Many organisations don’t offer any gender specific training and often women don’t welcome being singled out: men should be invited to debate on women’s issues and all employees should be offered training and a flexible working environment that is relevant to them. These were just some of the valuable insights that came out of our Think Tank Dinner held recently in London.
Sheryl Sandberg, COO of Facebook and author of Lean In: Women, Work, and the Will to Lead, has put the topic of Women in Leadership firmly back on the mainstream agenda. Her brand of feminism is much debated, but essentially she suggests that women, driven by gender stereotypes to be submissive, are missing out on workplace success due to misplaced insecurity, passivity and docility.
We hosted a Think Tank Dinner where we bought together female leaders working in the area of HR and Learning and Development to discuss the role of Women in Leadership. We aimed to understand the issues they face and how we, as HR and L&D professionals, can better support them.
The dinner was hosted under Chatham House rules and as such, does not reveal the participating individuals or organisations specifically. Contributing to the debate were representatives from the Banking and Finance, Leisure, Food and Beverage, Defence and Professional Services sectors.
This is what they had to say:
For the time-challenged here are the key points from the discussion in relation the challenges that organisations face around Women in Leadership:
- Maternity leave causes pressure for businesses (some more than others) but increasing rights for men around paternity leave mean these pressures are no longer associated purely with women
- Few organisations actually offer gender-specific training, and while it is often well received with more junior members of staff, more senior women are reluctant to be singled out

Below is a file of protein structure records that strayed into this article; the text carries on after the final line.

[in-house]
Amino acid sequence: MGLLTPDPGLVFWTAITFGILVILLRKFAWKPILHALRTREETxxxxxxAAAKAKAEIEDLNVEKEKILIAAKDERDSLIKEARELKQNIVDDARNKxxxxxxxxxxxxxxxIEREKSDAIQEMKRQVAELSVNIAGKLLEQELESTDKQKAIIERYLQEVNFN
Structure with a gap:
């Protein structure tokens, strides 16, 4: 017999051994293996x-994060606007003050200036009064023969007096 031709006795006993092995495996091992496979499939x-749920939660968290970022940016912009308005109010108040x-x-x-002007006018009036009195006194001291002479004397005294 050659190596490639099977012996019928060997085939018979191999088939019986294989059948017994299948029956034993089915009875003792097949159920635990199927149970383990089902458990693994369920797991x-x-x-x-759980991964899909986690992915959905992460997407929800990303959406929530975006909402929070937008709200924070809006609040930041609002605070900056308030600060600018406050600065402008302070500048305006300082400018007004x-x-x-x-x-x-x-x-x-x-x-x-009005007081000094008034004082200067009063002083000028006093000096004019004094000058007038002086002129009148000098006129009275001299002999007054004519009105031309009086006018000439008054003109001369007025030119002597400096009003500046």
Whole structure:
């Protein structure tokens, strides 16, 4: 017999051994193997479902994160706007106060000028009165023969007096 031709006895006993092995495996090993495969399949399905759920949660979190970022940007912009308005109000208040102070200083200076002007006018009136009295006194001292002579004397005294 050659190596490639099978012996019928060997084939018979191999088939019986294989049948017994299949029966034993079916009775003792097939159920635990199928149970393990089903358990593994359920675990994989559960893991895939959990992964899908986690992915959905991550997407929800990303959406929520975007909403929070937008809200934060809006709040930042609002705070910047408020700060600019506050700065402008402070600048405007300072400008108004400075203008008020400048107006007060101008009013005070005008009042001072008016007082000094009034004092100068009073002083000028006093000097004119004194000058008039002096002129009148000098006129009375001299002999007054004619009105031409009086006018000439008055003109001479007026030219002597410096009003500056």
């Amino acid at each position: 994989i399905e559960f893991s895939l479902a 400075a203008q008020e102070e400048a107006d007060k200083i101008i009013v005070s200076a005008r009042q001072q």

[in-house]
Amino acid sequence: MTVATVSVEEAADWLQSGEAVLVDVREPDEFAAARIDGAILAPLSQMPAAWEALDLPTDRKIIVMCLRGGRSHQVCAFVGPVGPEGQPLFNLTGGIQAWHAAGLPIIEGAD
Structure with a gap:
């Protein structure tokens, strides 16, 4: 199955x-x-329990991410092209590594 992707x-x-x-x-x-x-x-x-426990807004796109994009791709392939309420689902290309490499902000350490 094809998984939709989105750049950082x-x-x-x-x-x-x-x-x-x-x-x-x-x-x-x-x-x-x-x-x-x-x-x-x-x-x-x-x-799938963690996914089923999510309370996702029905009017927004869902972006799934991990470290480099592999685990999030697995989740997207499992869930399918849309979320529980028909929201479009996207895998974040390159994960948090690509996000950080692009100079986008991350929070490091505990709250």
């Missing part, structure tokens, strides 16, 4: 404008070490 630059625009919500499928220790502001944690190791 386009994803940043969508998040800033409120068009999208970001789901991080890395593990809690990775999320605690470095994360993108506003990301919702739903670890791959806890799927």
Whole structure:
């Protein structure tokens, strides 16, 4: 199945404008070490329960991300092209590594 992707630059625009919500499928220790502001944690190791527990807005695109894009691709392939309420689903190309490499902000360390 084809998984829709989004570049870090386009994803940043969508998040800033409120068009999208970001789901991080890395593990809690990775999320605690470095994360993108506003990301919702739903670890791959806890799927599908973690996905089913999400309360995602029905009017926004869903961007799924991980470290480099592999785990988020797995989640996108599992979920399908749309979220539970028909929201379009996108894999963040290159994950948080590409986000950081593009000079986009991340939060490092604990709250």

- Where gender-specific learning is identified as a need, it is often being conducted under the radar because of the fear of raising questions around its exclusiveness
- Men have a valuable contribution to make when it comes to talking about women in leadership, or any other diverse group; everyone should be invited to the conversation.
- A good work-life balance should be something that is accessible to all employees, male or female.
Pressures on Businesses
There is no doubt that women’s role as primary parent, and the need to take maternity leave, has affected the direction of women’s careers. But maternity leave is also a pressure on organisations. For most it’s just everyday business; however there are some organisations that find this a bigger challenge than others. Airlines, for instance, see it as a major issue. The role of cabin crew is popular with younger women, and due to long lead times for training and gaining licences to fly, should the whole crew request maternity leave at the same time it could ground planes quicker than a missing screwdriver.
In these instances, workforce analytics are absolutely key, and can be used to profile employees, marital status, age, etc and thus analyse risk.
With laws around paternity leave changing all the time though, these pressures are no longer purely associated with female employees. Men now get the chance to take time out of the business with their children too.
Leadership training for women
Only a few of the organisations at our dinner actually offered leadership development specifically aimed at a female audience. Those that did reported that this type of training seemed to be more acceptable lower down the business or with those in the early stages of management. This audience were generally more receptive to help around the specific challenges that can present themselves. However, once they had reached a certain level in the business there was more resistance as these women didn’t want to be singled out as different.
Research, such as that conducted by the Indiana University, Bloomington shows that women’s cortisol levels (the hormone associated with stress) increase when working in an all-male environment. This research lends itself to the argument that women should be treated differently, particularly when it comes to training and development, allowing them to learn and express themselves in a separate environment.
Despite evidence such as this, there was an overall feeling that people’s needs should be looked at on a one-to-one basis and learning and development departments should work to establish what gaps that person has in order to take them from A to B. Everyone should be looked at as an individual and no two employees, male or female, should be treated the same.